With a mother born in Dublin, a close relationship with my Irish relatives, and a visit to the Emerald Isle itself (where I met a ¼ of the hundreds of cousins I have) there are a number of things that I’ve done or picked up which are quintessentially Irish. Five of these things are most likely not what you would stereotypically consider Irish (no Leprechauns for instance) but things I’m hoping will resonate with the Irish out there.
One thing my Nanna always made growing up was a lush corn beef. Luckily for me it was never served with cabbage like a lot of Irish boiled dinners are, but instead a healthy dose of peas and carrots, potato, fresh bread and HP sauce.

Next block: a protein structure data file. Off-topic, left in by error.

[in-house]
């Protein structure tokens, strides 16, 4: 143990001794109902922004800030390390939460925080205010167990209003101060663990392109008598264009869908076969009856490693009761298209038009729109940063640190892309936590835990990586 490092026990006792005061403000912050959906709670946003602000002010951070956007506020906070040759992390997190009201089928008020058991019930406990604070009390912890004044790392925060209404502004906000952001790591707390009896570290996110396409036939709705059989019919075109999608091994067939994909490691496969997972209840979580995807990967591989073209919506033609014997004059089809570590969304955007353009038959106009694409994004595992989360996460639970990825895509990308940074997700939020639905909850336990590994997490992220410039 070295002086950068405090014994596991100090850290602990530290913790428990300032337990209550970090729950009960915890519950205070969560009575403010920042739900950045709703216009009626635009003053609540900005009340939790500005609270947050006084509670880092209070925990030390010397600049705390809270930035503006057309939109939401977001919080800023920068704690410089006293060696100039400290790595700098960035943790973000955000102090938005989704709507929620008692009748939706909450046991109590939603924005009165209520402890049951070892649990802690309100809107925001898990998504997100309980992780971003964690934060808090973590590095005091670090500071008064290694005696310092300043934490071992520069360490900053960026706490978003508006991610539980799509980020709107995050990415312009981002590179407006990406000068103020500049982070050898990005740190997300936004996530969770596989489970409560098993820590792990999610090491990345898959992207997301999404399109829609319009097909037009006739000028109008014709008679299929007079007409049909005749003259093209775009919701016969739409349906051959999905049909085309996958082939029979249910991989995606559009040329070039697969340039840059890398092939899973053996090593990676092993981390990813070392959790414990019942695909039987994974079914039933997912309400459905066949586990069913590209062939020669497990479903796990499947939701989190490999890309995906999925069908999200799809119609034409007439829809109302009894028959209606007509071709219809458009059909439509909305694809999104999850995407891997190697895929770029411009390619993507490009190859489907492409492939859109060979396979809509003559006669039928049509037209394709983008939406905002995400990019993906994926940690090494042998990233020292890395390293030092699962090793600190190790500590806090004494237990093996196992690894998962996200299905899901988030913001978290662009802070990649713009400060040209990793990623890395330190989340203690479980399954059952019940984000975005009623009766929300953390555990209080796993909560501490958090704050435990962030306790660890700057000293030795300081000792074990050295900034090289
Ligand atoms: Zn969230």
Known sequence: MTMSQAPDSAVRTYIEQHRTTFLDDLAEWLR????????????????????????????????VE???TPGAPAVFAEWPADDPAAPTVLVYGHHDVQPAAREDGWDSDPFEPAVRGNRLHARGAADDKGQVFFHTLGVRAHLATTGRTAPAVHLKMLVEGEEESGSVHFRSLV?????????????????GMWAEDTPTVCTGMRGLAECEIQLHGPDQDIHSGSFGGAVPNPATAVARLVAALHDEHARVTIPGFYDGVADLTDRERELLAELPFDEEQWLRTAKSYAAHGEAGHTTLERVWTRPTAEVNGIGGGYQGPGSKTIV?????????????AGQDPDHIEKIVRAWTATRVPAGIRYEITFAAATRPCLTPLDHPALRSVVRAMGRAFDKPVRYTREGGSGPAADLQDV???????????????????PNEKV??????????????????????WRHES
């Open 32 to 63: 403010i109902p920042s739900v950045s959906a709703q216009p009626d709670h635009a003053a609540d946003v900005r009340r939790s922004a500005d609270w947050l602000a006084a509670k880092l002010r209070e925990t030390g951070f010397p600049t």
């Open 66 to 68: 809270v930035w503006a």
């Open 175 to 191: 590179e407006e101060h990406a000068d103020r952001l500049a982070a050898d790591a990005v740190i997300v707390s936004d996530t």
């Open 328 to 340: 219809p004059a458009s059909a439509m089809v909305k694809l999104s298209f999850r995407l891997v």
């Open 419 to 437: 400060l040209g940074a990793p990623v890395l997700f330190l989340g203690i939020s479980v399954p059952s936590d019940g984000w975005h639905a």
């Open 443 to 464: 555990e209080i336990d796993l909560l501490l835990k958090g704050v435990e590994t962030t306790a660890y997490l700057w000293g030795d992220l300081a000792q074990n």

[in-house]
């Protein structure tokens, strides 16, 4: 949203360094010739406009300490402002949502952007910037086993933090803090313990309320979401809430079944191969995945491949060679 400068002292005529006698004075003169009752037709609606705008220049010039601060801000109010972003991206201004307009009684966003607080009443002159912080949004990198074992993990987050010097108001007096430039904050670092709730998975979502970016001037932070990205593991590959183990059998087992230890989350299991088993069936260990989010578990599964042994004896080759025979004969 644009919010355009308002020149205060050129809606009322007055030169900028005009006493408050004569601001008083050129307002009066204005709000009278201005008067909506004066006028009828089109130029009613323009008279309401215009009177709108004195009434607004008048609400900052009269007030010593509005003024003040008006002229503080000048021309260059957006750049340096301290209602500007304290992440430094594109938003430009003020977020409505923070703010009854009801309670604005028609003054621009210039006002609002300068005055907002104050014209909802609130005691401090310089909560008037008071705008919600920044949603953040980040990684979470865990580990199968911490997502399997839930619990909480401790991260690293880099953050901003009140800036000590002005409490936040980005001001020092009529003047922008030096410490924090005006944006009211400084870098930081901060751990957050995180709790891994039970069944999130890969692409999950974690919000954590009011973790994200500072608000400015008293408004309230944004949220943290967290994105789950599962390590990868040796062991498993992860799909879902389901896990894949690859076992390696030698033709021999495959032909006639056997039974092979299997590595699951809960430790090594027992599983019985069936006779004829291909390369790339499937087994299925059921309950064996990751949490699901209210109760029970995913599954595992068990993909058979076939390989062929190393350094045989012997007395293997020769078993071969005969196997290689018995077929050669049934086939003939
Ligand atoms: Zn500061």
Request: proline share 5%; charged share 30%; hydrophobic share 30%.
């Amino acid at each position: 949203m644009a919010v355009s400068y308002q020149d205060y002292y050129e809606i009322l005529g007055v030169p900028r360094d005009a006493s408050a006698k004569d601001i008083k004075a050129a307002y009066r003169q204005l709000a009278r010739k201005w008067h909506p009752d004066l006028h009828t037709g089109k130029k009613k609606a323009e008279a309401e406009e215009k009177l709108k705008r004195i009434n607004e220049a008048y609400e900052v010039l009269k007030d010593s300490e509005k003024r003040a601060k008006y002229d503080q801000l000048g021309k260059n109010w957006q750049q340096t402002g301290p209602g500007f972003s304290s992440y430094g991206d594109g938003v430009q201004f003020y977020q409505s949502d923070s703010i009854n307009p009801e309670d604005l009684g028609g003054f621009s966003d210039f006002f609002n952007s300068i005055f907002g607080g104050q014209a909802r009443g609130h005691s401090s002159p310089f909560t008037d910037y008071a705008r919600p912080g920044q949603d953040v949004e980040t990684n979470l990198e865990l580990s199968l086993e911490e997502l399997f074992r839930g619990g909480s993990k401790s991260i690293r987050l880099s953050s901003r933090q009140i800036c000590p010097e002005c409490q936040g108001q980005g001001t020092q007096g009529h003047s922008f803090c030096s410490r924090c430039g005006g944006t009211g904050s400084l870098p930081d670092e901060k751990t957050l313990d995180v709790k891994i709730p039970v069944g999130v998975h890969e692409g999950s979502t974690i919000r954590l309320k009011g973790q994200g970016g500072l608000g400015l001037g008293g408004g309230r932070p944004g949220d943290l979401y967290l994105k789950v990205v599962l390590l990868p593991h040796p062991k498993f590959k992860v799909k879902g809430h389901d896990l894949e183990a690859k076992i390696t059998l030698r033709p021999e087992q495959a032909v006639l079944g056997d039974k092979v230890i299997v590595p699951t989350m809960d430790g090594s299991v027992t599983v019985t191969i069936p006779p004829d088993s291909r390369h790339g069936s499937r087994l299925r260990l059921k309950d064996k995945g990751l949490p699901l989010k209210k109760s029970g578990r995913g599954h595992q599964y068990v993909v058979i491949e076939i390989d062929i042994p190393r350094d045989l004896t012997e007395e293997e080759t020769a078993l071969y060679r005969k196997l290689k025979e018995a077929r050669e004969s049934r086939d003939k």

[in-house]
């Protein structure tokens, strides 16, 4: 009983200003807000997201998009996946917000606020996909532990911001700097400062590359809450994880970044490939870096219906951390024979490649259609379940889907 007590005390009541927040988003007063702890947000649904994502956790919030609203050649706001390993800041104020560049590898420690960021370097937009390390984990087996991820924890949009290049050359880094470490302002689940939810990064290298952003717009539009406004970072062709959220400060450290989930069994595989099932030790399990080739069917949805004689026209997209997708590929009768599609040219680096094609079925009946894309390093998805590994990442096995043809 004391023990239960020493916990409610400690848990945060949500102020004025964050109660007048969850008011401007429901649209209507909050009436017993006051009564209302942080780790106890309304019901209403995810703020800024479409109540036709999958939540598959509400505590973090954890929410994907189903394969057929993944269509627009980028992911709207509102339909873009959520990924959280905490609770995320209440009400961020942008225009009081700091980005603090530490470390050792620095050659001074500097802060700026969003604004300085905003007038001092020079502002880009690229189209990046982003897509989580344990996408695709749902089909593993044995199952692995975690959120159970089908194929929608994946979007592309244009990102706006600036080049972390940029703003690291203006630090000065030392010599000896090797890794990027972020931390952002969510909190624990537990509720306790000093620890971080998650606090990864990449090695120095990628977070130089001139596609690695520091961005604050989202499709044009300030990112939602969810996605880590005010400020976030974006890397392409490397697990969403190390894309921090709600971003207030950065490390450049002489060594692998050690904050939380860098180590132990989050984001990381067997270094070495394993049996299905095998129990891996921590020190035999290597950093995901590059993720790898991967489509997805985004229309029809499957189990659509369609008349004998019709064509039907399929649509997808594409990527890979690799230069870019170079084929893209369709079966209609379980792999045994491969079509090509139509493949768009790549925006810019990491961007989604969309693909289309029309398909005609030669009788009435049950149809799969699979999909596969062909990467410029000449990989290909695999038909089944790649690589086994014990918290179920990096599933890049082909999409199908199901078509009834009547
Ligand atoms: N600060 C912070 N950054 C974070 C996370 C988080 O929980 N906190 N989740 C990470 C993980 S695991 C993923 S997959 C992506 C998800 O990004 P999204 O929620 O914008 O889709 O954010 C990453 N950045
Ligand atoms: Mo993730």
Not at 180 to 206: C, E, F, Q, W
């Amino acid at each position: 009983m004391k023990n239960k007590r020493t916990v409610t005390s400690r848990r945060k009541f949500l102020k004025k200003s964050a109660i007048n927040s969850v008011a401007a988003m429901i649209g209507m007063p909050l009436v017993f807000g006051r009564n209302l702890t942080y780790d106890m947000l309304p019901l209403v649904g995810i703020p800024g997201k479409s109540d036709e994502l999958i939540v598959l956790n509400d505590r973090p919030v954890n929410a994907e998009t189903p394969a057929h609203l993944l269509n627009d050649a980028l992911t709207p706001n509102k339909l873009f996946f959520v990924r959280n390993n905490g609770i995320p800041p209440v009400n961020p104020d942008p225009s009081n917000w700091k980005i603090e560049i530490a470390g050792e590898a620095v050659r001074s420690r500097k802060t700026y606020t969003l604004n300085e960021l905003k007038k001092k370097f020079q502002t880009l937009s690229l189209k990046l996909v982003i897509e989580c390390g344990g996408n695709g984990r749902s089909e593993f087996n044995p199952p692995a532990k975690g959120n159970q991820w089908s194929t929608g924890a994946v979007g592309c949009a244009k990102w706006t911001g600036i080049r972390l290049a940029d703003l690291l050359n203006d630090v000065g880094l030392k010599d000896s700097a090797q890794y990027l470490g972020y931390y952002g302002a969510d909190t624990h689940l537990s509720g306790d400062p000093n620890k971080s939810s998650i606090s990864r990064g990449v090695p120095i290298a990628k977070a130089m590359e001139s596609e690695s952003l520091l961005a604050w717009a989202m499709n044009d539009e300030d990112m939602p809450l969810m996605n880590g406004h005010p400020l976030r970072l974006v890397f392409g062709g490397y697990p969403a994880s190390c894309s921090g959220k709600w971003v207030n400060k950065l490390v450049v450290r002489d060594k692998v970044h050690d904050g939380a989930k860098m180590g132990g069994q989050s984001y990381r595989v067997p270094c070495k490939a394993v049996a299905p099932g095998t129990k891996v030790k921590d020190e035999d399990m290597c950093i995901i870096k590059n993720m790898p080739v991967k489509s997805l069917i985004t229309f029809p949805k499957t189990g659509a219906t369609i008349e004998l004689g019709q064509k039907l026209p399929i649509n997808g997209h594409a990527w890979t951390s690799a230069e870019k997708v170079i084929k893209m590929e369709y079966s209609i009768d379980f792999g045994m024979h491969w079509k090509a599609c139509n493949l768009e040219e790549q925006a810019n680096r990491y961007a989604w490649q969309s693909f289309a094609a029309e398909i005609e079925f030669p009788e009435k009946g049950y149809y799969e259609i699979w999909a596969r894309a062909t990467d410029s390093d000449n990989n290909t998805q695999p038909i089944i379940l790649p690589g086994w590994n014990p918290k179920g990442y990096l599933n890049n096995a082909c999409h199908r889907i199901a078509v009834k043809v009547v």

This may seem stereotypical, but genuinely it’s just because we drink a lot of tea. Growing up, if there was something to celebrate: Tea. If you were upset: Tea. If there was a disaster: Tea. If you’ve come home: Tea. There’s really nothing tea can’t aid, and if I had a dollar for every time I’ve heard, ‘have a cup of tea, you’ll be grand,’ I’d be rich.
Lunch with a side of ‘crisps’ (chips)
For the Irish, no sandwich or panini is complete without a side of crisps – which is chips for us Aussies. Cafes in Ireland automatically plate them with your sanga, or as a kid I would just shove them in a vegemite sandwich – so, so good.
Gaelic names, despite not being able to speak Gaelic
Sadly, no one in my family knows Gaelic, despite all of us having Gaelic spelling. Growing up with a Siobhan, Aisling, Roisin, Eoghan, and more I’ve had to explain the pronunciation of names more than once. Not to mention, occasionally I’m phonetically called by my Gaelic name, said like ‘Cotchleen’ which translates to Kathleen. I’m just as confused as you are.
This is a bit of a stereotypical one, but it’s a shout out to the Irish out there who love a good dry stout.
Written by Caitlin Haddad